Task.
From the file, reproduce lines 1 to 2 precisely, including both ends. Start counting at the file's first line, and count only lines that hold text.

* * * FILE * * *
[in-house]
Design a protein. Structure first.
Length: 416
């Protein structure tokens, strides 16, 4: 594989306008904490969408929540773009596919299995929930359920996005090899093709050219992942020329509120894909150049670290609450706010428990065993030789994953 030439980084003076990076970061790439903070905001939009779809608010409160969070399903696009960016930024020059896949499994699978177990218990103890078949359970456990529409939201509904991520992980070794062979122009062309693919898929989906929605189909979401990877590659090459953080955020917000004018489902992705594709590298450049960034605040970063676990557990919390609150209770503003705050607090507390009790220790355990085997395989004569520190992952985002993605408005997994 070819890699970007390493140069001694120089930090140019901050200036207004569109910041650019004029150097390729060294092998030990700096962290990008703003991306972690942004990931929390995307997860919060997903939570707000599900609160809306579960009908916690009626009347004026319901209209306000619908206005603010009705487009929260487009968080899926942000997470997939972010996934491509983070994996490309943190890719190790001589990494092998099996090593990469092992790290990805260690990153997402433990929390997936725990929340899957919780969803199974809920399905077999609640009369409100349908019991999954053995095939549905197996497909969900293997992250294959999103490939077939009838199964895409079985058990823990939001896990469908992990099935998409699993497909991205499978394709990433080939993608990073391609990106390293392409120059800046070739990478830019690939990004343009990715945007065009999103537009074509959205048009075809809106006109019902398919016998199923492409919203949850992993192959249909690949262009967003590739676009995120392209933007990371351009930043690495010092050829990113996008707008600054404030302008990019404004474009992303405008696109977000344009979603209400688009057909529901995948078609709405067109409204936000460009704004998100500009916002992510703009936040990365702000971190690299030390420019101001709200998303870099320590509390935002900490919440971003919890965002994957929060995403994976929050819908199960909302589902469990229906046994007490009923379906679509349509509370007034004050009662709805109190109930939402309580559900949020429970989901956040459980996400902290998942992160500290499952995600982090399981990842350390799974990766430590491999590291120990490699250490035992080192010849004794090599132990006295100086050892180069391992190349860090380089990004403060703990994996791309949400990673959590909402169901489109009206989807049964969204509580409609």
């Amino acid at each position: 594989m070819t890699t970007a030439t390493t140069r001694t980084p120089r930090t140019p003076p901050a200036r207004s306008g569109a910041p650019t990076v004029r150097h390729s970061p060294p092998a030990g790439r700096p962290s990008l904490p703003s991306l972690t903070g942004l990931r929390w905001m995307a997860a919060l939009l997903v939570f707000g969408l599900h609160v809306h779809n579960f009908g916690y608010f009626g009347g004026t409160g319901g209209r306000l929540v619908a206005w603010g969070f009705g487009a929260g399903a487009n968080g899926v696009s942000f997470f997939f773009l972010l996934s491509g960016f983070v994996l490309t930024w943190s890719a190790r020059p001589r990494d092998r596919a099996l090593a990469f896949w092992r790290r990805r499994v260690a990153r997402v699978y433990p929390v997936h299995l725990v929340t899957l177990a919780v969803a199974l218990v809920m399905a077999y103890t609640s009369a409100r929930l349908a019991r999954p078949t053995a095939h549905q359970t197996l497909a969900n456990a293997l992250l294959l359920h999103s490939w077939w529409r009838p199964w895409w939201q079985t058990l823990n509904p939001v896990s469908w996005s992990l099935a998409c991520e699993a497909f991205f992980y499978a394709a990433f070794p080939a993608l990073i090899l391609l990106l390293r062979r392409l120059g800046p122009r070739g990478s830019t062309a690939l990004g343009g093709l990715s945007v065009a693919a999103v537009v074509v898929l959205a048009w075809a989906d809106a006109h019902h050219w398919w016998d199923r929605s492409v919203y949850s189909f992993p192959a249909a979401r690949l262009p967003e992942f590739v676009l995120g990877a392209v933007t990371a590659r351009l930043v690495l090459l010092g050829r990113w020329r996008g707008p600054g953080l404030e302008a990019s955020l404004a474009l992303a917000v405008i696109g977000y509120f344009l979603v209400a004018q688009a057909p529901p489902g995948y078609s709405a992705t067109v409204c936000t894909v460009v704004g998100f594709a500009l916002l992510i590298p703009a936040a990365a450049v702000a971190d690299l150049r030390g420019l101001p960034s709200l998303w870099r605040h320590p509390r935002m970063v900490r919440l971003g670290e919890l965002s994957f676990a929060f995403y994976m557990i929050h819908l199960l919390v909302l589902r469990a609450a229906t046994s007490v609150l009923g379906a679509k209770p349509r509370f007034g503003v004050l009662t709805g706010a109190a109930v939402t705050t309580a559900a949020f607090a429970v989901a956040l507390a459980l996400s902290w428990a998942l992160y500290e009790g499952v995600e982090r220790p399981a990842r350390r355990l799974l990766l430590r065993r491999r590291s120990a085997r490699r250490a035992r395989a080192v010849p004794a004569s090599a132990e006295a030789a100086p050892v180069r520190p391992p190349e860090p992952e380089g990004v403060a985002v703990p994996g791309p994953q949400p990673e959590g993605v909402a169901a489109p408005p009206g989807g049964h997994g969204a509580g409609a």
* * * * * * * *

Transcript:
[in-house]
Design a protein. Structure first.